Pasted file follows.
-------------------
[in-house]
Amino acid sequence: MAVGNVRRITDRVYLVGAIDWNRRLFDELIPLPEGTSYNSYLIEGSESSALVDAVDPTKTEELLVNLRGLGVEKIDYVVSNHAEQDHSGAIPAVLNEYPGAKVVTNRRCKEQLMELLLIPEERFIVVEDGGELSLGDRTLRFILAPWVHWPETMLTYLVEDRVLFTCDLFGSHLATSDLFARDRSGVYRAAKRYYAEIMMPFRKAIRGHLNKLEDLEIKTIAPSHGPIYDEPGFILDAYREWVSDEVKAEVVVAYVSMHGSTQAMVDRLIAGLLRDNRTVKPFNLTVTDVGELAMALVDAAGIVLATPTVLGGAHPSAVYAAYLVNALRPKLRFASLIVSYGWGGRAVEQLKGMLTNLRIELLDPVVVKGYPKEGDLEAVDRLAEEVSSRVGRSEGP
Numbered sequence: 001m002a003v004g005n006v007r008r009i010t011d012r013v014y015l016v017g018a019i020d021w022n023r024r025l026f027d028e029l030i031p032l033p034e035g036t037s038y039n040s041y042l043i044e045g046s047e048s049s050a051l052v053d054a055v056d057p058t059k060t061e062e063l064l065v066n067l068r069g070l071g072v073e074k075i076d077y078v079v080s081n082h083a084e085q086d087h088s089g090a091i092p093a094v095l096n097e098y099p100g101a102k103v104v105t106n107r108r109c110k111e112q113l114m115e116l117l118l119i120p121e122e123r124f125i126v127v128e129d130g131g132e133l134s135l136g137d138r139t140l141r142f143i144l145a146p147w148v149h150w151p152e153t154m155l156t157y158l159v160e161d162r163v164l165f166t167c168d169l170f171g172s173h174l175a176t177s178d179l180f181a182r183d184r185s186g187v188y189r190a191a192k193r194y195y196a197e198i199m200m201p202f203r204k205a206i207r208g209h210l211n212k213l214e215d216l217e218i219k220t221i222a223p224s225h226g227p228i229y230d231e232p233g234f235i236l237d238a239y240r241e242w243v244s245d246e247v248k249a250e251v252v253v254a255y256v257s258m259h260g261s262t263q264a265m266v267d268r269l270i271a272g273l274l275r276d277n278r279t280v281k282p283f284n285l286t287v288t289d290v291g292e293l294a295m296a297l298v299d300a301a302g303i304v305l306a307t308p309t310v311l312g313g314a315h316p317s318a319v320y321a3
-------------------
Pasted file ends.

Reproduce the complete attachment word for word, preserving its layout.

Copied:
[in-house]
Amino acid sequence: MAVGNVRRITDRVYLVGAIDWNRRLFDELIPLPEGTSYNSYLIEGSESSALVDAVDPTKTEELLVNLRGLGVEKIDYVVSNHAEQDHSGAIPAVLNEYPGAKVVTNRRCKEQLMELLLIPEERFIVVEDGGELSLGDRTLRFILAPWVHWPETMLTYLVEDRVLFTCDLFGSHLATSDLFARDRSGVYRAAKRYYAEIMMPFRKAIRGHLNKLEDLEIKTIAPSHGPIYDEPGFILDAYREWVSDEVKAEVVVAYVSMHGSTQAMVDRLIAGLLRDNRTVKPFNLTVTDVGELAMALVDAAGIVLATPTVLGGAHPSAVYAAYLVNALRPKLRFASLIVSYGWGGRAVEQLKGMLTNLRIELLDPVVVKGYPKEGDLEAVDRLAEEVSSRVGRSEGP
Numbered sequence: 001m002a003v004g005n006v007r008r009i010t011d012r013v014y015l016v017g018a019i020d021w022n023r024r025l026f027d028e029l030i031p032l033p034e035g036t037s038y039n040s041y042l043i044e045g046s047e048s049s050a051l052v053d054a055v056d057p058t059k060t061e062e063l064l065v066n067l068r069g070l071g072v073e074k075i076d077y078v079v080s081n082h083a084e085q086d087h088s089g090a091i092p093a094v095l096n097e098y099p100g101a102k103v104v105t106n107r108r109c110k111e112q113l114m115e116l117l118l119i120p121e122e123r124f125i126v127v128e129d130g131g132e133l134s135l136g137d138r139t140l141r142f143i144l145a146p147w148v149h150w151p152e153t154m155l156t157y158l159v160e161d162r163v164l165f166t167c168d169l170f171g172s173h174l175a176t177s178d179l180f181a182r183d184r185s186g187v188y189r190a191a192k193r194y195y196a197e198i199m200m201p202f203r204k205a206i207r208g209h210l211n212k213l214e215d216l217e218i219k220t221i222a223p224s225h226g227p228i229y230d231e232p233g234f235i236l237d238a239y240r241e242w243v244s245d246e247v248k249a250e251v252v253v254a255y256v257s258m259h260g261s262t263q264a265m266v267d268r269l270i271a272g273l274l275r276d277n278r279t280v281k282p283f284n285l286t287v288t289d290v291g292e293l294a295m296a297l298v299d300a301a302g303i304v305l306a307t308p309t310v311l312g313g314a315h316p317s318a319v320y321a3